Author to speak on history of nonnatives on Captiva, Sanibel
Author Charles Sobczak will discuss how escaped and introduced species have impacted Florida’s indigenous flora, fauna and sea life at a presentation put on by the Captiva Memorial Library.
He will present “The Great Florida Invasion: From pepper to pythons” on March 28 at 2 p.m.
“If you’re interested in Florida wildlife and the chaos that these other animals have wreaked on our ecosystems, this is a lecture you really want to attend,” Sobczak said.
The program will take place in the Civic Center room, adjacent to the main library.
It is free and open to the public; no reservations are required.
The presentation will take a look at the invasive species that have arrived in Florida throughout recorded history. From the medieval swine abandoned in 1521, to the recent introduction of Burmese pythons into the Everglades, it will cover the environmental and financial costs of these exotics.
The program encompasses mammals, birds, insects and fish, as well as plants.
“I talk about how each one has impact us and how many actually make it,” Sobczak said.
He added that only about 1 percent to 2 percent of invasives survive.
In the present times, one of the nonnative species found on Captiva are the green iguana. Sobczak reported that the species originally came from Central America or Mexico and lives in burrows.
“They tend to burrow under sidewalks and foundation,” he said.
Known for eating ornamentals and native plants, green iguanas may carry diseases.
“But, it’s not as bad as the black spiny-tailed iguana,” Sobczak said.
Found on Boca Grande, black spiny-tailed iguanas eat turtle and bird eggs, as well as plants.
“They just don’t belong here is what it boils down to,” he said.
In terms of fauna, one invasive that can be found on the island is the Australian pine.
“It’s the one that’s prone to blowing down in hurricanes,” Sobczak said. “They have shallow root systems.”
He noted that Sanibel lost an estimated 10,000 of the trees in Hurricane Charley.
“Their biggest negative impact is their propensity to blow over during storms,” Sobczak said, noting that they can cause damage to homes and property.
On Sanibel, the cane toad can be found. Brought over by cane farmers to help control the insect populations in the sugar cane fields, he explained that the species “got away” from the fields.
“They can grow to six pounds,” Sobczak said. “They’re the largest toad in the world.”
Cane toads are known to eat native amphibians and lizards, like frogs and the anoles.
For fauna, Sanibel is faced with the Brazilian pepper.
“We spend at least $1 million alone on Sanibel trying to eradicate Brazilian peppers,” he said.
Established plants create a canopy and monoculture, where nothing can grow under it.
One painful, and potentially deadly, non-native is the fire ant.
“More than 80 people have been killed by fire ants since their arrival,” Sobczak said.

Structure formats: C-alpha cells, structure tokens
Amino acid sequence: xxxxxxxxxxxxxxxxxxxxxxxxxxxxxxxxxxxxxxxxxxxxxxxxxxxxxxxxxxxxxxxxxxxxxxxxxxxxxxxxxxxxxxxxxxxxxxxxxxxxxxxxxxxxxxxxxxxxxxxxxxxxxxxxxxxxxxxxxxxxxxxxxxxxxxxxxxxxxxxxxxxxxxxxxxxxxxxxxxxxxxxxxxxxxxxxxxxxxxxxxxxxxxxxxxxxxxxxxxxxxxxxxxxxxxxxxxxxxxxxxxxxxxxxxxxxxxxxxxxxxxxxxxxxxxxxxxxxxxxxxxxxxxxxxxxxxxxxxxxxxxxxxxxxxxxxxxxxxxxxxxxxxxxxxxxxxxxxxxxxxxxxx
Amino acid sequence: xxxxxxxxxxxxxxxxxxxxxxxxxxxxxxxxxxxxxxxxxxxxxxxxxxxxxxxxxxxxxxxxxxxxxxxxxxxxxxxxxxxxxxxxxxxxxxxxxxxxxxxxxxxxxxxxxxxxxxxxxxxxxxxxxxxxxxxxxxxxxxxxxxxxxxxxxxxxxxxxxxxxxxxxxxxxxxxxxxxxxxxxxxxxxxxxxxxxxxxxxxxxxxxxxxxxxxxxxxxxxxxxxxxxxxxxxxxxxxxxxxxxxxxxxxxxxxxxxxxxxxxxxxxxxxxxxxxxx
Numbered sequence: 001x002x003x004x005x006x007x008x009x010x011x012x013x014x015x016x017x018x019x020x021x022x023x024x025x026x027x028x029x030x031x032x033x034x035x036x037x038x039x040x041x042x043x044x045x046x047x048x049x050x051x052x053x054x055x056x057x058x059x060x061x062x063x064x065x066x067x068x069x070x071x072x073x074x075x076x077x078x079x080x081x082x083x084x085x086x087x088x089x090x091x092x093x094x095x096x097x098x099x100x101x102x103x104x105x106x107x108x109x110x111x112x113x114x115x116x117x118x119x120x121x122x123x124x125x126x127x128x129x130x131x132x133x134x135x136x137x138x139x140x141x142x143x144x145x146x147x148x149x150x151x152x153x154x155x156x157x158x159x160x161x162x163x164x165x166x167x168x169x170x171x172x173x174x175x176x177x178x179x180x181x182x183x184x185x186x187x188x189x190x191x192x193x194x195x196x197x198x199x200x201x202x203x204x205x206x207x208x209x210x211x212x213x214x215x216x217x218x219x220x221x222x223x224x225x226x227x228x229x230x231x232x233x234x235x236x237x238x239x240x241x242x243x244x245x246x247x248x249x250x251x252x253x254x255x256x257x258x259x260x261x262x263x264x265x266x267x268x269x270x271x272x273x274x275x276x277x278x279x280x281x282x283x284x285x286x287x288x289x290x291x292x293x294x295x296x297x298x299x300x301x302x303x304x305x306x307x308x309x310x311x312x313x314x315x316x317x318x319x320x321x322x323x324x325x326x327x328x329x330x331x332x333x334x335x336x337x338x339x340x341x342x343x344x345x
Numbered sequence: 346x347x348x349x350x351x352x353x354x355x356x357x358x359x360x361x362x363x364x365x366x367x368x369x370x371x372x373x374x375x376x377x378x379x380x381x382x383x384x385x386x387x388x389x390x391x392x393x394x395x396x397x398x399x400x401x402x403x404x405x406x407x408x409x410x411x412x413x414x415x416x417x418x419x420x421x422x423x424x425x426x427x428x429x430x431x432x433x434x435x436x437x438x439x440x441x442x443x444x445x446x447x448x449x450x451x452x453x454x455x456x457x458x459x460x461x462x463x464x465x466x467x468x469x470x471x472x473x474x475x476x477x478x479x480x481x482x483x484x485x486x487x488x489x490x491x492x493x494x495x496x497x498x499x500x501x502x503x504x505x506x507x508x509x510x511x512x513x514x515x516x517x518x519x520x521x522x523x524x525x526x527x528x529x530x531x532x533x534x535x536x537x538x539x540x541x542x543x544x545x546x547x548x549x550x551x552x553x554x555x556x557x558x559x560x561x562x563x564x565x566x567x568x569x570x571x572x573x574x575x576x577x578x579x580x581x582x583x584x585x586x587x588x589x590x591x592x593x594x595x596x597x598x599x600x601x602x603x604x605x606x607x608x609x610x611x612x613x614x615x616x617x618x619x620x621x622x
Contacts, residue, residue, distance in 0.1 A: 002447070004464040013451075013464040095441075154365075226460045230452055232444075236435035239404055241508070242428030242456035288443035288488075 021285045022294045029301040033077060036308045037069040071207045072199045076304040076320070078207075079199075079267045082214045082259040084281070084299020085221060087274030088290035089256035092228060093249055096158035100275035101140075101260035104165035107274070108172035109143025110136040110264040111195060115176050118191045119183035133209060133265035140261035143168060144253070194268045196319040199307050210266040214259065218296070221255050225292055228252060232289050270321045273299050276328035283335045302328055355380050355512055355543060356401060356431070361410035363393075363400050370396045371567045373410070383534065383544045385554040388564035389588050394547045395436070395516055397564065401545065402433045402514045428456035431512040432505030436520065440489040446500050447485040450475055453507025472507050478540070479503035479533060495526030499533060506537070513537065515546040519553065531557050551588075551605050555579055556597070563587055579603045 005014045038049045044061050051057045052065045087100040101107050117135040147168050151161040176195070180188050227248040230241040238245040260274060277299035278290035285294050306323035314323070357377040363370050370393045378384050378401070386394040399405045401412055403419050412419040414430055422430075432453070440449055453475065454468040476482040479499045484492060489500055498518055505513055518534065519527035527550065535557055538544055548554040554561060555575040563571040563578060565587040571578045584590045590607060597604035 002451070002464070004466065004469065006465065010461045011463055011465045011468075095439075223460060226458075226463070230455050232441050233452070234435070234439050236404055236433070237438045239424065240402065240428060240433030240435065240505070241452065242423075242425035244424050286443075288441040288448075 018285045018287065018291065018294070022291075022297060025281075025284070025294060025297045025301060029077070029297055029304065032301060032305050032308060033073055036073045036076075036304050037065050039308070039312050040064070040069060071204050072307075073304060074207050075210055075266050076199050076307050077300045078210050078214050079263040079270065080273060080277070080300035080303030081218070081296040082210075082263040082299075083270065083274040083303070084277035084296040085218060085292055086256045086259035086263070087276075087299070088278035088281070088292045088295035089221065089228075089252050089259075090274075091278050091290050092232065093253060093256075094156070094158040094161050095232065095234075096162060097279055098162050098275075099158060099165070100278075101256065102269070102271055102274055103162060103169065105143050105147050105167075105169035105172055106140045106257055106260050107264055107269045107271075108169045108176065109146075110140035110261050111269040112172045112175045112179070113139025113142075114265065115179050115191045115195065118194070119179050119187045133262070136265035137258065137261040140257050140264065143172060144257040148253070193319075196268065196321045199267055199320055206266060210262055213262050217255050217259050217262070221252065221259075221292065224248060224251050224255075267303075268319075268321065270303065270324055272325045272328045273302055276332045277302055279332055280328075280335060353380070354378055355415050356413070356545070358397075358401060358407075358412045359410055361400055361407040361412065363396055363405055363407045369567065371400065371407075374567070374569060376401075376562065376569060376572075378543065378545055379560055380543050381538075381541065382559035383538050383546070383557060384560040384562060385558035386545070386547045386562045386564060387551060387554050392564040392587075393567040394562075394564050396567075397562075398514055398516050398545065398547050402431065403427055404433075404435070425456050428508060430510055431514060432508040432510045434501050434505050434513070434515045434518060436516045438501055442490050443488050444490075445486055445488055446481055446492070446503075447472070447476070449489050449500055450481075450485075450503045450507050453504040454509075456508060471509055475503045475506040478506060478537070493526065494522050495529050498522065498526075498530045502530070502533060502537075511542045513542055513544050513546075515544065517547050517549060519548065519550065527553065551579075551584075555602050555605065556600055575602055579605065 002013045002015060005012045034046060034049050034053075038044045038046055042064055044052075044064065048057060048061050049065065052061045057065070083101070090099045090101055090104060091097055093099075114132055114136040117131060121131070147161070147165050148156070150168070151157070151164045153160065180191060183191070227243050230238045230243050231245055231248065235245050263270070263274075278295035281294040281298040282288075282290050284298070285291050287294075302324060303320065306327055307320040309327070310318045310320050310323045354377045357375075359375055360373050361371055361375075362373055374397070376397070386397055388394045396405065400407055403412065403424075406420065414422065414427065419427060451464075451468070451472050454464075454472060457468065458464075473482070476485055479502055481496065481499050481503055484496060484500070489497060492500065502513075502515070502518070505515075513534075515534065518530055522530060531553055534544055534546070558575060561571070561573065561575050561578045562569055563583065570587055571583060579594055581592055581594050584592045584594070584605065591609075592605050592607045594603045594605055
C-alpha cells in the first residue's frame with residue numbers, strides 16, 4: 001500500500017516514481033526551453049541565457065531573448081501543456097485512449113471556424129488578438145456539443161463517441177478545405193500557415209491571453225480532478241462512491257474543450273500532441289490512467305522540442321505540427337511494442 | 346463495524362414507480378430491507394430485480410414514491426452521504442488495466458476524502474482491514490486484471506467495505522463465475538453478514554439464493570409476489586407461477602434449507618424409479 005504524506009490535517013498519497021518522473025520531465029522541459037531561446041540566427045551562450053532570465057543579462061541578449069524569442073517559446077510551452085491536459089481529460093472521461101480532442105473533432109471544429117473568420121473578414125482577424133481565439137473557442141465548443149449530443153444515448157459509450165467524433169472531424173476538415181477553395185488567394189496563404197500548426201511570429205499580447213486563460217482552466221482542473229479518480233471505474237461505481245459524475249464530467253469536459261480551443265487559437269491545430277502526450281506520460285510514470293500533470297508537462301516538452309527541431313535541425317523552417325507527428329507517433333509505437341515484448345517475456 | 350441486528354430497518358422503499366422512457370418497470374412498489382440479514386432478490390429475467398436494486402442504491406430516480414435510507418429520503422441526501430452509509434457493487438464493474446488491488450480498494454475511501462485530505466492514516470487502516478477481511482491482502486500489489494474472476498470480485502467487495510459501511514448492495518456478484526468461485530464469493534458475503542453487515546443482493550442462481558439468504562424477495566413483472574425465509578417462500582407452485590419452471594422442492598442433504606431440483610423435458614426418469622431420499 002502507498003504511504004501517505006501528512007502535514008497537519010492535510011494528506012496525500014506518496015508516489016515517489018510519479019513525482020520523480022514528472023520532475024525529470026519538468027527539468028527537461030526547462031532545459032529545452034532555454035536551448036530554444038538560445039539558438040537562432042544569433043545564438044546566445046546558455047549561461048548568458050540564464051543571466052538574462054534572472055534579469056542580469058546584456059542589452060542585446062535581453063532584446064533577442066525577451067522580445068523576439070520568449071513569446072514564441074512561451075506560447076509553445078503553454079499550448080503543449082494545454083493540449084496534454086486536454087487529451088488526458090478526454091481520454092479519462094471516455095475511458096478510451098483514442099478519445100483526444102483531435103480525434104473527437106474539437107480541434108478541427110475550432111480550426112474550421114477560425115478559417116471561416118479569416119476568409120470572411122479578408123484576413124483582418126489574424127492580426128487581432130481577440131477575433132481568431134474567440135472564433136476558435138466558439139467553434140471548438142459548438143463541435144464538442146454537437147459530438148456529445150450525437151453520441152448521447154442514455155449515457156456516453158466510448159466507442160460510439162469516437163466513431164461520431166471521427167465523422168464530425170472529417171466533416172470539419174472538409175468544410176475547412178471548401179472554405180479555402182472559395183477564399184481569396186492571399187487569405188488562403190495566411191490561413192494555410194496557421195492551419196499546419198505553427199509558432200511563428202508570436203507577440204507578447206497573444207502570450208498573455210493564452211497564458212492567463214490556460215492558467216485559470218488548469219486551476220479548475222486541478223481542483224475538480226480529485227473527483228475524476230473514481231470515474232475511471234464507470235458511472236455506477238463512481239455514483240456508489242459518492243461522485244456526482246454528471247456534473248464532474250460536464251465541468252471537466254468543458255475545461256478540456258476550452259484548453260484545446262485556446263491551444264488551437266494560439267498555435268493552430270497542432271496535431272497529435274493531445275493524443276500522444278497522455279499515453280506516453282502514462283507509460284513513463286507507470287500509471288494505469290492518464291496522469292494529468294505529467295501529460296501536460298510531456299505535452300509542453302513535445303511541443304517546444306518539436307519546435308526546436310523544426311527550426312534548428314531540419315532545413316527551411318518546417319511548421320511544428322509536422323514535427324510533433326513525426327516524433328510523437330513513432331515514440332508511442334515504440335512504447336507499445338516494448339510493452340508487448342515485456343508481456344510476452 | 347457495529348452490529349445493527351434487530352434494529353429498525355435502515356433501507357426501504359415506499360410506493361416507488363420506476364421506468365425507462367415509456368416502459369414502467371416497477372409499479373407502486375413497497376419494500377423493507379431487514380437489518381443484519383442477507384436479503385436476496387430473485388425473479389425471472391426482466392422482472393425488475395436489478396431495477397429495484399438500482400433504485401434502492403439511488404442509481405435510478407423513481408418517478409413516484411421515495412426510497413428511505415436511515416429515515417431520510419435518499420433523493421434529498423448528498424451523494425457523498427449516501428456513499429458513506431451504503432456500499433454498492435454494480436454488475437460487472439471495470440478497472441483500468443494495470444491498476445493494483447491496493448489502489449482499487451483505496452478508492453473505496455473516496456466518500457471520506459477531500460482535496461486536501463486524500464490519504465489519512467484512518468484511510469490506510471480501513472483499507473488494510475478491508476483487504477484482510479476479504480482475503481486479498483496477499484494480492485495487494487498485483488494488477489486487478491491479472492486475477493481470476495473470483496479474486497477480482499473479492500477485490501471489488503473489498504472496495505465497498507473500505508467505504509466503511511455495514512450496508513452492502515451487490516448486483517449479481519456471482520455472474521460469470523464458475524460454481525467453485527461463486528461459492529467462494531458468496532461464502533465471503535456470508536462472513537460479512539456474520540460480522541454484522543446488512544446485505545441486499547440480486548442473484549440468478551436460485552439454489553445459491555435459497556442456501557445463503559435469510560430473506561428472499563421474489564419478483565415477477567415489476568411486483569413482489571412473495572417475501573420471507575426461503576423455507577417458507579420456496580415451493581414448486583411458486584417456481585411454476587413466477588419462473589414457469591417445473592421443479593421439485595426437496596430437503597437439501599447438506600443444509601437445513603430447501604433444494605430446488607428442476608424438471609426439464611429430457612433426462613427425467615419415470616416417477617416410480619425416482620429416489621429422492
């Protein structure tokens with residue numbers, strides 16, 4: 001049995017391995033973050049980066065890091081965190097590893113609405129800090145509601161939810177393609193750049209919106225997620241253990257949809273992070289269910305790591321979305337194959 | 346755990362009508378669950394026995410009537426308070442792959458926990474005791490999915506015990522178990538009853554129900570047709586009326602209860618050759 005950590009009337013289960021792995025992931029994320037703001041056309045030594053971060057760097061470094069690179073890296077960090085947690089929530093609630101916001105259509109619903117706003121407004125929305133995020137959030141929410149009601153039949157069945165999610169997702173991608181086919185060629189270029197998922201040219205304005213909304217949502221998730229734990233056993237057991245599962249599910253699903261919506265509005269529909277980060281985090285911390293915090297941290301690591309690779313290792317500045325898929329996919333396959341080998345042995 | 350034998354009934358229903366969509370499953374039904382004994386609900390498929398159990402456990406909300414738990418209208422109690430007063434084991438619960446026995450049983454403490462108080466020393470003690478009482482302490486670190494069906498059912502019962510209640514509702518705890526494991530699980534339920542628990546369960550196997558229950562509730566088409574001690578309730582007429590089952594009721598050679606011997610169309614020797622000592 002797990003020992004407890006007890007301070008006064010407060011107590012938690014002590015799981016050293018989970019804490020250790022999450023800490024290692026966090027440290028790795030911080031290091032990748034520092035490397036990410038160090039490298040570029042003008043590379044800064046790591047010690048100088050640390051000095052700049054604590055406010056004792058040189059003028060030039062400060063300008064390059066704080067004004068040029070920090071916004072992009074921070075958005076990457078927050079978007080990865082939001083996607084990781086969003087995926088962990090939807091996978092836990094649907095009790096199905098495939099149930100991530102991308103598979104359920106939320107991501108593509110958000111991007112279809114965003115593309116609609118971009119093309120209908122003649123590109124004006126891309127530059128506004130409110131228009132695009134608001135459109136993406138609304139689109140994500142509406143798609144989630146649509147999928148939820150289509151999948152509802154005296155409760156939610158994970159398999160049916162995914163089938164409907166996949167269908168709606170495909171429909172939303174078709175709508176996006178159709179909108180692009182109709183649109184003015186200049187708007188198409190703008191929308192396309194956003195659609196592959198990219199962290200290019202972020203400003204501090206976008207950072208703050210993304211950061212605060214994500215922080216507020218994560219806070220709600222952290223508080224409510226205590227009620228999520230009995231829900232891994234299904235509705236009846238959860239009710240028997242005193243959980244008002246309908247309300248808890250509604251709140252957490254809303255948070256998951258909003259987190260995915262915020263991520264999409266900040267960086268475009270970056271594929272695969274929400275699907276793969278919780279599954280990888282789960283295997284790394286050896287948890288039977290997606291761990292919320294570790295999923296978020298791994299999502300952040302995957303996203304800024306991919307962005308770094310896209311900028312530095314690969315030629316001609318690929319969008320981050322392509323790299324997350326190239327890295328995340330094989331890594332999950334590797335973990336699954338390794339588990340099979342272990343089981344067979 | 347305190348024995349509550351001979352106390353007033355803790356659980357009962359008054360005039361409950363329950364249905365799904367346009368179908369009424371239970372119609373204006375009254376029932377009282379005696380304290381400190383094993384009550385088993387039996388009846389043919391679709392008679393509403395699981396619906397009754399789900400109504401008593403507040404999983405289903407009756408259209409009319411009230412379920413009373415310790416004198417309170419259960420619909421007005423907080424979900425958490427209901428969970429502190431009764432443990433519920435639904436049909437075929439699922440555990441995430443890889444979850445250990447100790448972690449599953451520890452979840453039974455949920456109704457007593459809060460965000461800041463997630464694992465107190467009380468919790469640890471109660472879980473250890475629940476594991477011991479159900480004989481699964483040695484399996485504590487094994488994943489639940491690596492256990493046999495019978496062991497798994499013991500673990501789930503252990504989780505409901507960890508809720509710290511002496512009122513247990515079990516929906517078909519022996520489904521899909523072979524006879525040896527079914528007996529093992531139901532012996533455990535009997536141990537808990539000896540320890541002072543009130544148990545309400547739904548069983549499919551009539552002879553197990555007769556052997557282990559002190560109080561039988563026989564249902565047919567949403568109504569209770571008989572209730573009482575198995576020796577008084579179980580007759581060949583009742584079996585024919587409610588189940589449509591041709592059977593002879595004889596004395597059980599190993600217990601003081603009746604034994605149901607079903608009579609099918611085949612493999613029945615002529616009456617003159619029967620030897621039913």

He explained that they came via Mobile, Alabama, in 1931, and have spread all the way to Oregon.
“They’re terribly good at killing anoles. If they can, they’ll kill snakes,” Sobczak said. “They’ll kill anything they can inject their venom in.”
During the presentation, attendees are directed to resources where they can find specific information on how to keep invasives in check. One cited is the Florida Fish and Wildlife Conservation Commission.
“There are so many, and there’s so many nuances to each one,” he said.
However, all exotics seem to have one thing in common.
“One of the most important things is, at the end, I focus on us as being the catalyst for all of them, no matter how they got here,” Sobczak said. “We basically brought them here one way or another.”
He added that he aims to keep his programs educational but entertaining.
“The problem with some of them (other lectures), especially the science ones, they get really bogged down in graphs and charts and projections,” Sobczak said.
He explained that he uses those tools, but also relies on animation, video and humor.
“It’s humorous at times,” Sobczak said of his presentations. “It captures audiences much better than that dry formal approach.”
Following the program, there will be a question-and-answer session.
Sobczak will have copies of two of his books available, “Living Sanibel: A Nature Guide to Sanibel & Captiva Islands” for $30 and “The Living Gulf Coast: A Nature Guide to Southwest Florida” for $20.
A Sanibel resident, Sobczak has appeared on National Book TV and has lectured on various nature topics to the Road Scholar organization, Audubon and Sierra Club groups. In 2017, he was a featured speaker on the Celebrity Equinox. His book, “The Living Gulf Coast,” won the gold medal Presidents Award in 2011 in the category of adult non-fiction from the Florida Publisher’s Association.
For more information, call 239-533-4890.
The Captiva Memorial Library is at 11560 Chapin Lane.